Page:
Zenger Folkman recently analyzed 360 assessments on over 50,000 leaders to understand how speed impacts evaluations of their effectiveness. A “speed index” was created to measure speed in three ways: how well a leader can spot problems or trends early, can respond to problems quickly, and can swiftly make needed changes.
Zenger Folkman researchers then looked at high scores on the speed index correlated to overall leadership effectiveness among the leaders rated in the top 10% through 360 assessments. They found “of these 5,711 top leaders, 2% were judged particularly fast but not exceptionally effective (that’s about 114 of them); 3% (some 170) were judged to be highly effective (that is, people trusted them to do the right thing) but not particularly fast. And fully 95% (that’s more than 5,400 of them) were judged both particularly effective and particularly quick. That is, being good is only marginally better than being quick, but the fact is both are necessary, and neither alone is sufficient, to be perceived as an exceptional leader today.”
We don’t need to do everything faster, but for many activities speed can significantly improve effectiveness and the motivation of individuals. It’s interesting how often our pace affects our attitude — slow is often boring. Think about people you have worked with who had a tendency to move quickly and keep things going at a fast clip, versus those who were more ponderous as they ensured everything was completed and finished. Yes, too much speed can leave participants feeling rushed and frazzled. But if your company’s energy is lagging, maybe it’s time to consider upping the pace.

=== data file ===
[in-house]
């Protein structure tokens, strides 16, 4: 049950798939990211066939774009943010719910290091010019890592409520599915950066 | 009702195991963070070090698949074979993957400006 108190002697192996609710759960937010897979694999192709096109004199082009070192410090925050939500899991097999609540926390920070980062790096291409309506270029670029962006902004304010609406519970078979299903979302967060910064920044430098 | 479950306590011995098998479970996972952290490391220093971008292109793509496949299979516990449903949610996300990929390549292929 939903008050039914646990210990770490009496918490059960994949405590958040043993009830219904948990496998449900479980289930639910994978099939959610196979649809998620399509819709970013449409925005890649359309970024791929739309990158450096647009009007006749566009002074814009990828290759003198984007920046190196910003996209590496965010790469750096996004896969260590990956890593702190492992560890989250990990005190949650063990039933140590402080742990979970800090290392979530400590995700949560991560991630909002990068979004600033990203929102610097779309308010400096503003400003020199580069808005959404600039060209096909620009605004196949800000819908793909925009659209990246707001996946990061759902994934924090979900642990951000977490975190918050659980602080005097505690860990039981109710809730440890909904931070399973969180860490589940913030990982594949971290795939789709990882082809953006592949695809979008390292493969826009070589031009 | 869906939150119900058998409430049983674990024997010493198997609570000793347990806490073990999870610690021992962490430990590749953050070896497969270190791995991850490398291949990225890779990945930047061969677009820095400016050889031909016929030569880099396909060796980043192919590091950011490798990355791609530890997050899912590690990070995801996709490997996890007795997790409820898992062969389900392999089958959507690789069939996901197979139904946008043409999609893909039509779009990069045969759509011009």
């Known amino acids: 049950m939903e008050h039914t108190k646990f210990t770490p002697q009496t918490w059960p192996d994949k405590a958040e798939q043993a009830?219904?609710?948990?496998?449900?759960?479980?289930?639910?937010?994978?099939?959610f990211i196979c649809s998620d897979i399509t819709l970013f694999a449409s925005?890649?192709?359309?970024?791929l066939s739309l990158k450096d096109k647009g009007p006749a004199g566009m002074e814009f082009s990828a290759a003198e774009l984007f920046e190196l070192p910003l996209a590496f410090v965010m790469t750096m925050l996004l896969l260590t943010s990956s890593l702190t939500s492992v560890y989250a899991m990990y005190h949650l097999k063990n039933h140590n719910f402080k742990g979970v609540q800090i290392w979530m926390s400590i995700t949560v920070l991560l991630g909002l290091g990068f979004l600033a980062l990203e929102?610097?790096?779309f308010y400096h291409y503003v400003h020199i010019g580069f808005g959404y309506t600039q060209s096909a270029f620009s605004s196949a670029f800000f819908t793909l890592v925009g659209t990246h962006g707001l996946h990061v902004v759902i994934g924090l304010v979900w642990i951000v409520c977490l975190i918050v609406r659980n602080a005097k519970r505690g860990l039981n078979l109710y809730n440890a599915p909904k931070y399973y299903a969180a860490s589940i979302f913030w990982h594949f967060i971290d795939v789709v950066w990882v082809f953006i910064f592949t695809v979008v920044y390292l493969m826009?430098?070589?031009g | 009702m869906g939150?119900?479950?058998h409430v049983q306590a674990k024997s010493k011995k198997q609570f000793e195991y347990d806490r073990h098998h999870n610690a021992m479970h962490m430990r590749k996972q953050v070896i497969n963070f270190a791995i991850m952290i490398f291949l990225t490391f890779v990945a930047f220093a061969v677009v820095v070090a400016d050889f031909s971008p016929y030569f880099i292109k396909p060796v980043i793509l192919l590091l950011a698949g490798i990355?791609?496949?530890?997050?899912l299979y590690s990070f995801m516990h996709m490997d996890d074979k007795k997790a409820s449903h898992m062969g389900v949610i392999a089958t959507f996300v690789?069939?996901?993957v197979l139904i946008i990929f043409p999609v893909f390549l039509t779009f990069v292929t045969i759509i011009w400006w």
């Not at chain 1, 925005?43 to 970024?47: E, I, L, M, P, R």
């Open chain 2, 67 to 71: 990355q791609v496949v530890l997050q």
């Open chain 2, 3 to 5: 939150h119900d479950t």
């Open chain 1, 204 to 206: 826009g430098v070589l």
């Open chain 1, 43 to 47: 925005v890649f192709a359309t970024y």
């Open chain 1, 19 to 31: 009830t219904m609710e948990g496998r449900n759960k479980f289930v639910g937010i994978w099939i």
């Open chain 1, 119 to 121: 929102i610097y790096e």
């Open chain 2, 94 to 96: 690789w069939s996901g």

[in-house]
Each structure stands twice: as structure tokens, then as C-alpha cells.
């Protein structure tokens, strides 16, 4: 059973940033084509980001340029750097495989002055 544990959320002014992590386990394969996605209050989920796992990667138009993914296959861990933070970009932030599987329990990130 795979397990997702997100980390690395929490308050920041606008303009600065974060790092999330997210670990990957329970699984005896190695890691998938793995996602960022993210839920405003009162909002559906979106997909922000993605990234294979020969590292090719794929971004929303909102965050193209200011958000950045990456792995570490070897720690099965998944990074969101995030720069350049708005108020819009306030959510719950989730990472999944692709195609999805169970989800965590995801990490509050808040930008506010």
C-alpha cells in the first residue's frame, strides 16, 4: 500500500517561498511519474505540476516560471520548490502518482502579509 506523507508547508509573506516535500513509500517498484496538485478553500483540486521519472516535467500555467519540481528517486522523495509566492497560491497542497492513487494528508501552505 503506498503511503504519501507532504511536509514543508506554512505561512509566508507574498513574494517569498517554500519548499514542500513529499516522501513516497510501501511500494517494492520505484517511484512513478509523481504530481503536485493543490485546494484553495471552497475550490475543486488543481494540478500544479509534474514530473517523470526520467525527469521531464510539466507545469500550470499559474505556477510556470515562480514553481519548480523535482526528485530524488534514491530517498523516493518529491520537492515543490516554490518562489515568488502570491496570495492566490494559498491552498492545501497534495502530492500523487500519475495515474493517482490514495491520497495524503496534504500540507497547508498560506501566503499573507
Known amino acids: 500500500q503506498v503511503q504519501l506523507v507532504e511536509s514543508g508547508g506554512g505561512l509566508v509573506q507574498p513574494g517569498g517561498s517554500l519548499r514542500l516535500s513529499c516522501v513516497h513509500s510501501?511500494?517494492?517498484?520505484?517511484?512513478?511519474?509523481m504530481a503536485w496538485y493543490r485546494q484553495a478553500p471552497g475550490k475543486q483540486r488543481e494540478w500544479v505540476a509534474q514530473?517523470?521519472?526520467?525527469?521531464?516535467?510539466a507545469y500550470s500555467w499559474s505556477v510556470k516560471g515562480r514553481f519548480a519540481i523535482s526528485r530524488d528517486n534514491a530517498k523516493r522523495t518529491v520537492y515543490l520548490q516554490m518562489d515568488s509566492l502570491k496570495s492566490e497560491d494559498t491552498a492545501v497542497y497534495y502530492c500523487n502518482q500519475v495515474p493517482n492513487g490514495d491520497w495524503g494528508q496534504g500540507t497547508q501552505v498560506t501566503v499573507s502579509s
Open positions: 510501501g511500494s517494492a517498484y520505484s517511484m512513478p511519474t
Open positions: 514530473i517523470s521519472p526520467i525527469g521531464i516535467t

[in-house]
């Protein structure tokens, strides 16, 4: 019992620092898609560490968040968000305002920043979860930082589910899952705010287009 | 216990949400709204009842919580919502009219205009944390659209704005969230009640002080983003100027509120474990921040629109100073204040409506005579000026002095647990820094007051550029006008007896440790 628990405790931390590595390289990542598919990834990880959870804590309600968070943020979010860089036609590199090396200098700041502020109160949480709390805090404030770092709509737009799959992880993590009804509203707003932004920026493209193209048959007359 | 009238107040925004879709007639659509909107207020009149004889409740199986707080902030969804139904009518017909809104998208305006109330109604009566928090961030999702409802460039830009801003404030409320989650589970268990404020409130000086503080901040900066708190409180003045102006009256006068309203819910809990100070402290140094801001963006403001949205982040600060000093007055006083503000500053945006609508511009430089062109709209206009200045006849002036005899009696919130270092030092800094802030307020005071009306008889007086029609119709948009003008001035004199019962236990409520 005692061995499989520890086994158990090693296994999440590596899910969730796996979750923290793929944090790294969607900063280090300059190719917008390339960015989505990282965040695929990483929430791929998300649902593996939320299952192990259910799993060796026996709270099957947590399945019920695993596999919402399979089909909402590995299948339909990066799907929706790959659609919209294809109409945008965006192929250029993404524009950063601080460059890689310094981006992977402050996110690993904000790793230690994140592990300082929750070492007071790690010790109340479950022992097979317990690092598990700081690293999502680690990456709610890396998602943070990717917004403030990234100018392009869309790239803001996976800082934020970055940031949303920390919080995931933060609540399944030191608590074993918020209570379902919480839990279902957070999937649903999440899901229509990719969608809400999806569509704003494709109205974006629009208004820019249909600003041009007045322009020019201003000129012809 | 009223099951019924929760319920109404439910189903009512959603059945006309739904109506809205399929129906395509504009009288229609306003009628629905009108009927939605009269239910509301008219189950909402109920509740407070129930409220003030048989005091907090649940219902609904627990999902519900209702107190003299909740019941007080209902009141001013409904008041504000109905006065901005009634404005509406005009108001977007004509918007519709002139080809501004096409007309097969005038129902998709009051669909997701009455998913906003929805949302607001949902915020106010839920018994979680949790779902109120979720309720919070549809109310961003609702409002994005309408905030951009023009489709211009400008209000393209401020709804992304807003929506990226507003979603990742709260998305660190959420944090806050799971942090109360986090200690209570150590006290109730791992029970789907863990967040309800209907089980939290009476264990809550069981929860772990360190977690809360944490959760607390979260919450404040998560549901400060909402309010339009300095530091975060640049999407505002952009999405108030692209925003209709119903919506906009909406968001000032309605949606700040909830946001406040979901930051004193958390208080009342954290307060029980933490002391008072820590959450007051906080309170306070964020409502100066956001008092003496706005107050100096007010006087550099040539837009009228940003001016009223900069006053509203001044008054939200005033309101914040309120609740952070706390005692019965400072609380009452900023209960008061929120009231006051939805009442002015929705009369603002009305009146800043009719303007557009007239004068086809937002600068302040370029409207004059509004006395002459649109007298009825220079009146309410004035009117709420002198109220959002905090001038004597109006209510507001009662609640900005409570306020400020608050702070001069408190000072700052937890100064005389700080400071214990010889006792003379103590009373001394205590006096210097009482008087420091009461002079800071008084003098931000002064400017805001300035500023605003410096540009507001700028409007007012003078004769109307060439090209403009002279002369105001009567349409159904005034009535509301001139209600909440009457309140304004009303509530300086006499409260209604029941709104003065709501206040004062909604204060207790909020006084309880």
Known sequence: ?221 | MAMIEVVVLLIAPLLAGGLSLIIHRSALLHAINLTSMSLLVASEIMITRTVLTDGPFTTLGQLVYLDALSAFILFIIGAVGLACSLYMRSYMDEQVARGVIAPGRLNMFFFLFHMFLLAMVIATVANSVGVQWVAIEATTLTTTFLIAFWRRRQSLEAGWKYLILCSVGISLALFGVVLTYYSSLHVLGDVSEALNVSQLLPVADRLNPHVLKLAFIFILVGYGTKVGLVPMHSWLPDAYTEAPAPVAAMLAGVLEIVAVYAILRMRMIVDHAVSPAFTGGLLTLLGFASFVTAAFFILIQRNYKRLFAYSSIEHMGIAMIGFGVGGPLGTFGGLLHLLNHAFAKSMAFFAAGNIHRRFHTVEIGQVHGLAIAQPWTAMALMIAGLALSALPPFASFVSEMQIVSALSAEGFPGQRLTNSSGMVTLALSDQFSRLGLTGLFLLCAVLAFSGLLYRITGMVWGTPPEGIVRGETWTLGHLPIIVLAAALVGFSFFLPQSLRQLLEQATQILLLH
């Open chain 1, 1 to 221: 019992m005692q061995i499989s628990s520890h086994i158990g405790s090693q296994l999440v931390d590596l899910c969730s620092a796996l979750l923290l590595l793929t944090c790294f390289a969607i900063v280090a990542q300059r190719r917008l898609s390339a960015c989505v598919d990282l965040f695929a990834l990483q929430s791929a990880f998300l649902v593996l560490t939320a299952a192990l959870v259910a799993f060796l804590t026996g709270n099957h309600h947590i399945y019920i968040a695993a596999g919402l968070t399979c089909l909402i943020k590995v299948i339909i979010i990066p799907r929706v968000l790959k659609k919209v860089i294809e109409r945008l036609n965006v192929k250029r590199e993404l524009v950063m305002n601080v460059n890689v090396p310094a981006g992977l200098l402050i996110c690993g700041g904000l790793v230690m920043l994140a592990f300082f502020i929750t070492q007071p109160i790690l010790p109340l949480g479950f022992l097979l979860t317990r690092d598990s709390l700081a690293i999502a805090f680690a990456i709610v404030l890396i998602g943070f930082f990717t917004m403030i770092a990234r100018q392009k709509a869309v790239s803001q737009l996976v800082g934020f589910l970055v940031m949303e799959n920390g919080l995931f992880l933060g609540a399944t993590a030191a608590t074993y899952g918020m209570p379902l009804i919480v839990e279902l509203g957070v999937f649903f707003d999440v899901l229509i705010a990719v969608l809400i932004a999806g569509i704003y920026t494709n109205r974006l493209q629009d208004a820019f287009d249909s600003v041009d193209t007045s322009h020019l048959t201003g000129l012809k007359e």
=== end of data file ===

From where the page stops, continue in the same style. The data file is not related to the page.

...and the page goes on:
Joe Folkman presented this research in a complimentary webinar 8 Ways to Increase Leadership Speed without Breaking a Sweat. Click the link to learn the eight skills possessed by leaders who are perceived as both “fast” and “highly effective.”